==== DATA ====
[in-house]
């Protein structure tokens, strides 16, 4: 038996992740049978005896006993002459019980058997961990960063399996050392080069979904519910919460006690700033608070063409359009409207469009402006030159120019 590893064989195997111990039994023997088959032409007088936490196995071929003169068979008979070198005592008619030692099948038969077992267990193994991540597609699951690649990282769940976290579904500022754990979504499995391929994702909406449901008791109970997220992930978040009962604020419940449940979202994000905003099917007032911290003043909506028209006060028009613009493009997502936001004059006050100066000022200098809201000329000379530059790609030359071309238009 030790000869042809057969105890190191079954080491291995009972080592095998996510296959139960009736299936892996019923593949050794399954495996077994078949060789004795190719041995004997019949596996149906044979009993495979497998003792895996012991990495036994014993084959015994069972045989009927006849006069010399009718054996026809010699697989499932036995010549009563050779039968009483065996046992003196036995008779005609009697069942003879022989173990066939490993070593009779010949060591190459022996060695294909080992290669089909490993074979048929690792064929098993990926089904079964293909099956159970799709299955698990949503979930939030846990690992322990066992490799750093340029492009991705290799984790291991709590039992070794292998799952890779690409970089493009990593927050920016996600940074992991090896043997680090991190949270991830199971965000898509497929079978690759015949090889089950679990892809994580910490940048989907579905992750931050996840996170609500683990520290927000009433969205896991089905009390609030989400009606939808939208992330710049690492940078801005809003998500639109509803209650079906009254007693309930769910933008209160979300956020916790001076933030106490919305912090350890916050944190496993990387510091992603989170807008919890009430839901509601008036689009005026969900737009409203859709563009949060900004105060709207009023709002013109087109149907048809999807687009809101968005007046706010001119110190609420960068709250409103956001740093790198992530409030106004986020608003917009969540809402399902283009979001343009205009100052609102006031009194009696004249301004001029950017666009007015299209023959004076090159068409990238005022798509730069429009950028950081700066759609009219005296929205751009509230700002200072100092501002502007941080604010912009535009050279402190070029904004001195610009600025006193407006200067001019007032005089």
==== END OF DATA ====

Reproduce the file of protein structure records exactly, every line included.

[in-house]
């Protein structure tokens, strides 16, 4: 038996992740049978005896006993002459019980058997961990960063399996050392080069979904519910919460006690700033608070063409359009409207469009402006030159120019 590893064989195997111990039994023997088959032409007088936490196995071929003169068979008979070198005592008619030692099948038969077992267990193994991540597609699951690649990282769940976290579904500022754990979504499995391929994702909406449901008791109970997220992930978040009962604020419940449940979202994000905003099917007032911290003043909506028209006060028009613009493009997502936001004059006050100066000022200098809201000329000379530059790609030359071309238009 030790000869042809057969105890190191079954080491291995009972080592095998996510296959139960009736299936892996019923593949050794399954495996077994078949060789004795190719041995004997019949596996149906044979009993495979497998003792895996012991990495036994014993084959015994069972045989009927006849006069010399009718054996026809010699697989499932036995010549009563050779039968009483065996046992003196036995008779005609009697069942003879022989173990066939490993070593009779010949060591190459022996060695294909080992290669089909490993074979048929690792064929098993990926089904079964293909099956159970799709299955698990949503979930939030846990690992322990066992490799750093340029492009991705290799984790291991709590039992070794292998799952890779690409970089493009990593927050920016996600940074992991090896043997680090991190949270991830199971965000898509497929079978690759015949090889089950679990892809994580910490940048989907579905992750931050996840996170609500683990520290927000009433969205896991089905009390609030989400009606939808939208992330710049690492940078801005809003998500639109509803209650079906009254007693309930769910933008209160979300956020916790001076933030106490919305912090350890916050944190496993990387510091992603989170807008919890009430839901509601008036689009005026969900737009409203859709563009949060900004105060709207009023709002013109087109149907048809999807687009809101968005007046706010001119110190609420960068709250409103956001740093790198992530409030106004986020608003917009969540809402399902283009979001343009205009100052609102006031009194009696004249301004001029950017666009007015299209023959004076090159068409990238005022798509730069429009950028950081700066759609009219005296929205751009509230700002200072100092501002502007941080604010912009535009050279402190070029904004001195610009600025006193407006200067001019007032005089």